Saturday, March 11, 2006

DRM: Annoying Mistake

The big DRM mistake

Digital Rights Managements hurts paying customers, destroys Fair Use rights, renders customers' investments worthless, and can always be defeated. Why are consumers and publishers being forced to use DRM?

I have to say that DRM is really on my s*it list these days. I was excited to find out that the Seattle Public Library had three separate e-book and digital audio book relationships so you can access content without even leaving the house. However, I quickly found that one uses WMA files with DRM (which won't play on my Neuros) and the other uses a proprietary software player that somehow integrates with Windows media player. I can't even play these files on Linux, let alone on a portable media player. And I can't burn most of them to CDs to play in the car. What do they expect you to do--play hours of audio books while sitting at your PC??? Retarded.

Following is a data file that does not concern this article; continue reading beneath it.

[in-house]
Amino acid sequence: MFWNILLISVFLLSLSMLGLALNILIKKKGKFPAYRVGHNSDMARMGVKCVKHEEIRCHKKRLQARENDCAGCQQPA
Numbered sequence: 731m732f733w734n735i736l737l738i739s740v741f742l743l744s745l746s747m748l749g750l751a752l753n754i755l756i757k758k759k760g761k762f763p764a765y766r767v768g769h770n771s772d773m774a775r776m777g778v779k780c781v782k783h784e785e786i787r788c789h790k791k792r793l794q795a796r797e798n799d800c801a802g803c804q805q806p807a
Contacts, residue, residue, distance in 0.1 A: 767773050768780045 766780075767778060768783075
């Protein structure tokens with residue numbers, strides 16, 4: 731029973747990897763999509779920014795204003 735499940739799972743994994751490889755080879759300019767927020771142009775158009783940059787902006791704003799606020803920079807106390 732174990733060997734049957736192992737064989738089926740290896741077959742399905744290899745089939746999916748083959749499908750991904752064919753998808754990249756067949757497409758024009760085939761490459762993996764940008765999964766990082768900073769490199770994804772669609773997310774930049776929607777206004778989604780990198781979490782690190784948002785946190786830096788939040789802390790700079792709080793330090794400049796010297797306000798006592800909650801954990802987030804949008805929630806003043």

I'm going to go back to getting the CD audio books and then ripping them so that I can listen to them on the bus on my Neuros.

Note to content producers: you are reducing the play that your clients are getting by using DRM. I will be less able to learn of new authors because it is much more of a hassle to actually listen to the content.

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